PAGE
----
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Cutting-edge electronica: Critic’s top picks for CTM Festival

Kicking off Jan 24 through Feb 2 at various venues across the city, this year’s edition of CTM is packed with the finest techno, neoperreo, AV performances and more. Here’s our music critic's tips of what not to miss!

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Photo by Ana Viotti. Catch Tomasa del Real at Griessmuelhe on Jan 25 as part of CTM, Jan 24 through Feb 2, at various city venues.

CTM – Festival For Adventurous Music and Art has become so integral to the reputation of Berlin at the cutting edge of electronica, that the two are practically synonymous. True to form, this 21st edition’s title “Liminal” is a critical reflection on ambiguous, transitional spaces, where the regular rules no longer apply. The 190 performances are generously spaced over nine days, meaning that, at least in theory, the truly devout among us need not miss a single second. If you can’t make all gigs, here are some you definitely don’t want to miss out on.

On the first night at Berghain, highlights Giant Swan, are a boisterous, sweat-lathered sign that the UK underground is in rude health at the moment, and while their amped-up seat-of-the-pants techno demands attention, so too does Mnnnkjde (both Jan 24, 23:00). A collaboration between Mario de Vega and Hugo Esquinca, the specially commissioned project uses custom-built electronic instru­ments to unearth intricate rhythmic patterns that lie within seemingly chaotic arrange­ments. The piece is an investigation into the powers of vibration, so expect to be physically moved as the pair continue their search for the eye of the storm.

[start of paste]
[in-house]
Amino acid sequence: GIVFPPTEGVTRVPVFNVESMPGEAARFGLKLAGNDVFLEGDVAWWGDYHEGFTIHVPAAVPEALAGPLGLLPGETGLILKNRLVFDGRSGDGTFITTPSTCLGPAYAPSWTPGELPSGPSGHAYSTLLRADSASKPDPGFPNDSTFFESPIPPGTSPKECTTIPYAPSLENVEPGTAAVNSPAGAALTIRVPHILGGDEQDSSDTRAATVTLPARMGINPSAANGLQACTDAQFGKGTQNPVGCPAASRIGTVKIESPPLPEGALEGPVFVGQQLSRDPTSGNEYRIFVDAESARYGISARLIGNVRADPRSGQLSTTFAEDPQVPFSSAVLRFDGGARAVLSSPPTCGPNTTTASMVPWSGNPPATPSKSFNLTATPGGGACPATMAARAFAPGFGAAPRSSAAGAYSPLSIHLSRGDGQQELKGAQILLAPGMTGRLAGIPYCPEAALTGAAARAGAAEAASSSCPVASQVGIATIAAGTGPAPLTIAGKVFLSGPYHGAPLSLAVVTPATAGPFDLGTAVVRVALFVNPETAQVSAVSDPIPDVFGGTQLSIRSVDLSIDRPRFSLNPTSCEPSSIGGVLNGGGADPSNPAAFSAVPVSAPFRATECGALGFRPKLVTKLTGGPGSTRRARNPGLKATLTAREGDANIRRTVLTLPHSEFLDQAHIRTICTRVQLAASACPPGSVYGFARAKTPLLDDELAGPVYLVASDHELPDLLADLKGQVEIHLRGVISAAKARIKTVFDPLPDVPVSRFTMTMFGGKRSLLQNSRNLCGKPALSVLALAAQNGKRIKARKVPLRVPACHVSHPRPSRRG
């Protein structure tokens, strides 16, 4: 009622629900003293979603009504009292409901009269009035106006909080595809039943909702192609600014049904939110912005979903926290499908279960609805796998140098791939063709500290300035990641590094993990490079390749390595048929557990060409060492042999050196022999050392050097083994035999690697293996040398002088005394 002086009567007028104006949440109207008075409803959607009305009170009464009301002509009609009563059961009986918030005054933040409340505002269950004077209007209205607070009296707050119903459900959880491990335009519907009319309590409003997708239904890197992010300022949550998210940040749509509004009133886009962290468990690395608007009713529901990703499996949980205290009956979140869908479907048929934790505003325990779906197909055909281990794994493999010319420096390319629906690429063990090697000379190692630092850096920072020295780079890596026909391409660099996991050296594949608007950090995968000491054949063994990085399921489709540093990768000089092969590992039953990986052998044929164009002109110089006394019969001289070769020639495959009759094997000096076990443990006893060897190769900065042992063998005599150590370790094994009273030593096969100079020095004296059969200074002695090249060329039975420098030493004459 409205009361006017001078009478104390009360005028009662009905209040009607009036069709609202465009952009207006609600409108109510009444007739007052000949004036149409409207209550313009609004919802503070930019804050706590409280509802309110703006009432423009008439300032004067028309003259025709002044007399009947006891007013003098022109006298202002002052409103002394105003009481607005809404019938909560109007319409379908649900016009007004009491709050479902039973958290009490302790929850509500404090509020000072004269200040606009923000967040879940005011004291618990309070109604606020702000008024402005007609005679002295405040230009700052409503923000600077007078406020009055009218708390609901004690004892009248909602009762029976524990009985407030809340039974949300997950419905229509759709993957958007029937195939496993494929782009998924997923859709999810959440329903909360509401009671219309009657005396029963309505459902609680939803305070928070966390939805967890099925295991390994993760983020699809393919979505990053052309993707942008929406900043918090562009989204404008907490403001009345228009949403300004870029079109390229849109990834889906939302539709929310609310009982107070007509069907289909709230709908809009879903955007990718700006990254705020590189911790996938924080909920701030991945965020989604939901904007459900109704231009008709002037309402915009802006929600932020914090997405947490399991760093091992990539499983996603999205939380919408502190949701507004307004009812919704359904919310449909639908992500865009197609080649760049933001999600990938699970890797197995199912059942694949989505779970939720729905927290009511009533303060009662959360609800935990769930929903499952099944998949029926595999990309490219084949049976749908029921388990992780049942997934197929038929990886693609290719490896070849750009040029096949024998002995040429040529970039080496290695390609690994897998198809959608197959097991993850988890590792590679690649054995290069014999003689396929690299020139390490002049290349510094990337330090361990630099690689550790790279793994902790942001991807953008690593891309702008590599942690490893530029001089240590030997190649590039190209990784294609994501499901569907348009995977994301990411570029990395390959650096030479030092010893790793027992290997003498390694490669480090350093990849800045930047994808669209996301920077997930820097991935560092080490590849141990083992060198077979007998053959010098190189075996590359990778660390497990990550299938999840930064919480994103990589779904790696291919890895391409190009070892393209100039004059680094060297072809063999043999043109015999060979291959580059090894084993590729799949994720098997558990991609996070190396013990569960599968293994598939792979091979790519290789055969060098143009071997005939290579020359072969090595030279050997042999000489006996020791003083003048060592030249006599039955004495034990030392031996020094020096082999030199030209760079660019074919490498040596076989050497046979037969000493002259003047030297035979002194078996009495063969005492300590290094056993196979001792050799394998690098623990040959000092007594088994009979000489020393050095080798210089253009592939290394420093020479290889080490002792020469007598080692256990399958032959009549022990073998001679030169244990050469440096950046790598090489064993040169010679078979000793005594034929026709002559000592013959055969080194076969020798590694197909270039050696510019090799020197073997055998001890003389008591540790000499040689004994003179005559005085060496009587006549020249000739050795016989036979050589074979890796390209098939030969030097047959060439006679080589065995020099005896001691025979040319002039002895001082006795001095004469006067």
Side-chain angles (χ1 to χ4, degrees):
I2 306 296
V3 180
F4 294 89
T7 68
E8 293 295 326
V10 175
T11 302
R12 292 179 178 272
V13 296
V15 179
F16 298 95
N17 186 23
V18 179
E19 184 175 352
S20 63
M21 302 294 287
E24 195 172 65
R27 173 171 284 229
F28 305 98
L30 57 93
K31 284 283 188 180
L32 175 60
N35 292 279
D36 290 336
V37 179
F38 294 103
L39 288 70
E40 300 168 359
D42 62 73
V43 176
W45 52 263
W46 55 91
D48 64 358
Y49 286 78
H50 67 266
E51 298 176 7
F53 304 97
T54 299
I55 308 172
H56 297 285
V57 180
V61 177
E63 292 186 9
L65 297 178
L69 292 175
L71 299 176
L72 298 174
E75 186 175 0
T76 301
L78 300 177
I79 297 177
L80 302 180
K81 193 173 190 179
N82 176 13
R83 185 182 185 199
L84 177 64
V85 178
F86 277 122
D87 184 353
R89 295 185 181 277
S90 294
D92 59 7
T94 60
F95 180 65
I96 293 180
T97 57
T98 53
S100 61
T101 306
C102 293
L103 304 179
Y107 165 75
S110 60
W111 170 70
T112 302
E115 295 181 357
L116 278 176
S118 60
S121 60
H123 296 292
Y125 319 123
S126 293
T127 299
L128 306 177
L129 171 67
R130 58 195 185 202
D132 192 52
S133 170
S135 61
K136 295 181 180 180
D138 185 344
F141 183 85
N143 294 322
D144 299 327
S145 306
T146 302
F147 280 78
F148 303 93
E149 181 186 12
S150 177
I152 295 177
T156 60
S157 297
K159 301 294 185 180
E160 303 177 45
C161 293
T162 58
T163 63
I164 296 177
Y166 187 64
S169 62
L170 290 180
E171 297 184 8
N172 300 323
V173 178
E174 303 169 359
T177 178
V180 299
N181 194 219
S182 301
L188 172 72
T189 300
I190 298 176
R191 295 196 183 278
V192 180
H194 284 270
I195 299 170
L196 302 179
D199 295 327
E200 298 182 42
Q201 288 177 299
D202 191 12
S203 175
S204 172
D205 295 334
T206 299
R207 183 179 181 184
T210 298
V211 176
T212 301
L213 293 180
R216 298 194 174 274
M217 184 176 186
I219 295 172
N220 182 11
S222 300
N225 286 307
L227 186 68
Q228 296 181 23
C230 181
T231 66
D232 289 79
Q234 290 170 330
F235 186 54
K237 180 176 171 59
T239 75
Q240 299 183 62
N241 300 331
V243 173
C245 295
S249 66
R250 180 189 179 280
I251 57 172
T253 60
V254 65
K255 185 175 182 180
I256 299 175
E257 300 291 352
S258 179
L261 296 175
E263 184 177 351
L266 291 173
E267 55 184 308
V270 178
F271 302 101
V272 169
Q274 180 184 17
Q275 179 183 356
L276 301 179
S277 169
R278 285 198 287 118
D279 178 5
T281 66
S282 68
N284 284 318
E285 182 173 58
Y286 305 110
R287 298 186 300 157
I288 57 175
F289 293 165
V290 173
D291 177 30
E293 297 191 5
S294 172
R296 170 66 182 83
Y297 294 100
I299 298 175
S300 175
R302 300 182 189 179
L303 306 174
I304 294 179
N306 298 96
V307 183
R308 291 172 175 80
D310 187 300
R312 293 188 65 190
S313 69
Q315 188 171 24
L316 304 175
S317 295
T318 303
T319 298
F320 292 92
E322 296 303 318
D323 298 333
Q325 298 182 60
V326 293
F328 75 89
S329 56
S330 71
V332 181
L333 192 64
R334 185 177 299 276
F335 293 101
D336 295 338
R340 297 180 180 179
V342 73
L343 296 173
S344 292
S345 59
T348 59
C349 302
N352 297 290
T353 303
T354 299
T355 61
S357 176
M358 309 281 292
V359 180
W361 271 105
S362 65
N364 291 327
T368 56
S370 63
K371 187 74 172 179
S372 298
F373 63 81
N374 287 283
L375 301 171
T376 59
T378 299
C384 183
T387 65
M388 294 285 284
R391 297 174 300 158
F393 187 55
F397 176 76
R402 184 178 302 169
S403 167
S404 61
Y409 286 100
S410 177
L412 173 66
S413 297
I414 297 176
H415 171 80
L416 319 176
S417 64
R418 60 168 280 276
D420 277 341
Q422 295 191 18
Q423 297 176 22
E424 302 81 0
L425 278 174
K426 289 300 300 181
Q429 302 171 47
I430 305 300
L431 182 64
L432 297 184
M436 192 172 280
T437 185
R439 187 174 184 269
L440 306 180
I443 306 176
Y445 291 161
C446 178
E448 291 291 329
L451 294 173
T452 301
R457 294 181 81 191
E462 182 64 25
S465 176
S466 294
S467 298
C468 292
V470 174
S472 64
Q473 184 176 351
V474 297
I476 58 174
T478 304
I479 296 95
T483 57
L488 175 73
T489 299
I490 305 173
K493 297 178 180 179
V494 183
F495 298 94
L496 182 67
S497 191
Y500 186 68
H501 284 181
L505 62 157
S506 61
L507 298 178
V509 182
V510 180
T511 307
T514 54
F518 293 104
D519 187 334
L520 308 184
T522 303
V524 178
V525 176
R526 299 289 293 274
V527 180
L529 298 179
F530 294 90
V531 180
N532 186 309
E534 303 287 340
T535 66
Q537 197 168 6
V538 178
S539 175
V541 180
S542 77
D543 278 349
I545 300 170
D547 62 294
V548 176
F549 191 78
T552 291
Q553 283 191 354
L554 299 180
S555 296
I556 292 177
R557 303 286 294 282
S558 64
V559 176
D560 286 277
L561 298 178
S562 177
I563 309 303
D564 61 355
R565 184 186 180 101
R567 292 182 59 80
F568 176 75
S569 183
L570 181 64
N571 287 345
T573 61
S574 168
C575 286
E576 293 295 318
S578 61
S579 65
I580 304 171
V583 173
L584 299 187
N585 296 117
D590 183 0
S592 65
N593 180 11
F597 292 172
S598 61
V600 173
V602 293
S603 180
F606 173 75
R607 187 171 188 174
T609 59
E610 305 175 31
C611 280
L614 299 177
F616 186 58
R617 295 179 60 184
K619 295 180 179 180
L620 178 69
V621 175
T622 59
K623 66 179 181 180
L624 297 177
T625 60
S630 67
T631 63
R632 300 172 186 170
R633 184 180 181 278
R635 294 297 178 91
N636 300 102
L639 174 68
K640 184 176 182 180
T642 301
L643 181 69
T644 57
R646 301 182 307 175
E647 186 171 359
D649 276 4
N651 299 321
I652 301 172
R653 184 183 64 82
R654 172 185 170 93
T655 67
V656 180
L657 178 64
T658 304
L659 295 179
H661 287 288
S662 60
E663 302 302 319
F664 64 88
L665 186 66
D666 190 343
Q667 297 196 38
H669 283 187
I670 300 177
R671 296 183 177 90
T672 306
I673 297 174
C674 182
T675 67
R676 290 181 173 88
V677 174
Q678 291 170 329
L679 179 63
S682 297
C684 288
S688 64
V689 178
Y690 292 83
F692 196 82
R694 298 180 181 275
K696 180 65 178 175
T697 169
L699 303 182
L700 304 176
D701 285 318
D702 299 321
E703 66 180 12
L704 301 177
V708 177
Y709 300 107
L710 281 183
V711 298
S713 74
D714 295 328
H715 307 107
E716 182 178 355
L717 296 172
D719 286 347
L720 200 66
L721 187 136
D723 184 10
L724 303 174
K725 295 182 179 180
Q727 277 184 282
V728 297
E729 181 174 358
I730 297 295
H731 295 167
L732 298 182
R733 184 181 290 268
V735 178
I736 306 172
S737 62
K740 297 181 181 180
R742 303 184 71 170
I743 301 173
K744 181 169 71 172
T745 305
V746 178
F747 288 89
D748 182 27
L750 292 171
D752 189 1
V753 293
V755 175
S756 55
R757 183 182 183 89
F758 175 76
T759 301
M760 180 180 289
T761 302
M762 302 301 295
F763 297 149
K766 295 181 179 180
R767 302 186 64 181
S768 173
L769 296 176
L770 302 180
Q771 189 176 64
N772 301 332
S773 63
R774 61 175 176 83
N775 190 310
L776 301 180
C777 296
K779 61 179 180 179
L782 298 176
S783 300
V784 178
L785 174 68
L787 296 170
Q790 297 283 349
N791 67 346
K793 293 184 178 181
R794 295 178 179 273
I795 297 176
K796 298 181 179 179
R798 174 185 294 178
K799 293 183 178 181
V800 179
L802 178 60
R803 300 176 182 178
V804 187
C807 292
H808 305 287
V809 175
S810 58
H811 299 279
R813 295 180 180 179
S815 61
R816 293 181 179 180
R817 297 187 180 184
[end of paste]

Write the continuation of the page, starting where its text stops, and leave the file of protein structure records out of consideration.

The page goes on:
Continuing in a club-forward vein, Queen of Neoperreo Tomasa del Real will showcase the genre that she is ostensibly responsible for creating at Griessmuelhe (Jan 25, 23:00). A close cousin of reggaeton, neoperreo has exploded out of Latin America in the last few years and its freaky, lo-fi aes­thetic has brought a much-needed DIY tint to the genre. Honest, unflinching, and down-right fun, her music is a celebration of female agency in yet another genre that is heavily skewed towards male artists.

When Monday rears its ugly head, swap the club for a more cerebral outing at HAU 2. Karel van Laere (Jan 27, 19:00) asks us to dissociate ourselves from our corporeal form in his piece “The Non-Present Performer”. The work is an anaesthetised representation of that kernel of mental consciousness that is responsible for our day-to-day actions and interrogates the physical performativity that defines so much of our contemporary experiences. As CTM approaches its crescendo, live performances from Robert Henke (Jan 29, 19:45, 22:00, Radialsystem) explore the contradictions at the heart of our concept of obsolescence. Using 1980s Commodore computers, Henke builds an AV show that questions contemporary social and cultural phenomena through geometric forms in the computer’s iconic monochromatic green. Meanwhile, in the concrete depths of Silent Green’s Betonhalle, Hildur Guðnadóttir (Jan 29-30, 20:00) will present her award-winning score to Chernobyl in a live, extended format, featuring field recordings from Chernobyl’s sister power plant Ignalina.

Return to Berghain on Friday night, where a packed bill brings the festival to its apex. Squarepusher (Jan 31, 22:00) is first among equals here. The UK producer has been an evergreen trendsetter in dance music and the release of his album Be Up A Hello this month will mark his fourth decade at the top. Upstairs, Henry Wu will be demonstrating his chops as a DJ at Panorama Bar. The UK jazzer was one half of Yussef Kamaal, a break-out act in London’s blossoming contemporary jazz scene – so make sure you catch him on this CTM visit!

CTM | Various venues, full programme here. Jan 24-Feb 2.